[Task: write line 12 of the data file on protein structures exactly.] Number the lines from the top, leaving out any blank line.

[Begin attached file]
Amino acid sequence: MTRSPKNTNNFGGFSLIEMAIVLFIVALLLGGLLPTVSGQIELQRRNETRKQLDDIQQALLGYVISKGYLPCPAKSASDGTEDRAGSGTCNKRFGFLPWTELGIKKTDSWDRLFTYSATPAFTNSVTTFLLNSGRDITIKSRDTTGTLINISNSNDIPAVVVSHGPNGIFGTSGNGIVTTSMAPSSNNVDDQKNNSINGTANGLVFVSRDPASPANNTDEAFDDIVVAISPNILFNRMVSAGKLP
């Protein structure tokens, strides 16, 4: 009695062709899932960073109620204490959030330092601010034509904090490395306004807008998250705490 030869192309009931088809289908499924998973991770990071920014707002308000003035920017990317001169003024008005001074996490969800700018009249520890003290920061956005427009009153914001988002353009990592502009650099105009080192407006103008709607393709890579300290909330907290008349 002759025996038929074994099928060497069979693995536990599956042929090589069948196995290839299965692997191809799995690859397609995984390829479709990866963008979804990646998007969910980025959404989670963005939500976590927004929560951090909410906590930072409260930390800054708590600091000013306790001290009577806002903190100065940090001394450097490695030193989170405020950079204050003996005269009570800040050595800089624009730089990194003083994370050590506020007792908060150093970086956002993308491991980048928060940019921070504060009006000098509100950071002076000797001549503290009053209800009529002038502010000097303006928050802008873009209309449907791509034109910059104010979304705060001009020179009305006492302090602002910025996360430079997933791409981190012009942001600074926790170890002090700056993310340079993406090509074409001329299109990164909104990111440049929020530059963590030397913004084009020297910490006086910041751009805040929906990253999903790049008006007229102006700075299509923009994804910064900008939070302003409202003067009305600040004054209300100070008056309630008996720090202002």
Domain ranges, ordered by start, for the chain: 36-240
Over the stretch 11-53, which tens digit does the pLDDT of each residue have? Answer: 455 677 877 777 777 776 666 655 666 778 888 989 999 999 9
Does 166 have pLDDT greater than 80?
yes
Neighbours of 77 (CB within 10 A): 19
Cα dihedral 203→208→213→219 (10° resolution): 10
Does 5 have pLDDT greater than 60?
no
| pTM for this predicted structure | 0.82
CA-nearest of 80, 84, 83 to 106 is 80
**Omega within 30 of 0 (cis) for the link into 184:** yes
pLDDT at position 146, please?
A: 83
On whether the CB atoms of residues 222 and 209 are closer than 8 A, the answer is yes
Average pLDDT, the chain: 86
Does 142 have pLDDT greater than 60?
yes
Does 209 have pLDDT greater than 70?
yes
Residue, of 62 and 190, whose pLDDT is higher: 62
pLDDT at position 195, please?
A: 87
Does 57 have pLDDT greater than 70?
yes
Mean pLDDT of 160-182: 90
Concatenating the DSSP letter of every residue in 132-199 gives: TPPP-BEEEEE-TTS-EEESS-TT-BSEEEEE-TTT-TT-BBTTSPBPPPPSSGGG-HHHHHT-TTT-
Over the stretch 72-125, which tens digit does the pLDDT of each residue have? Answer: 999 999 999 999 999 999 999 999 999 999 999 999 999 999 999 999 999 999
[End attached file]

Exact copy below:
CA-nearest of 80, 84, 83 to 106 is 80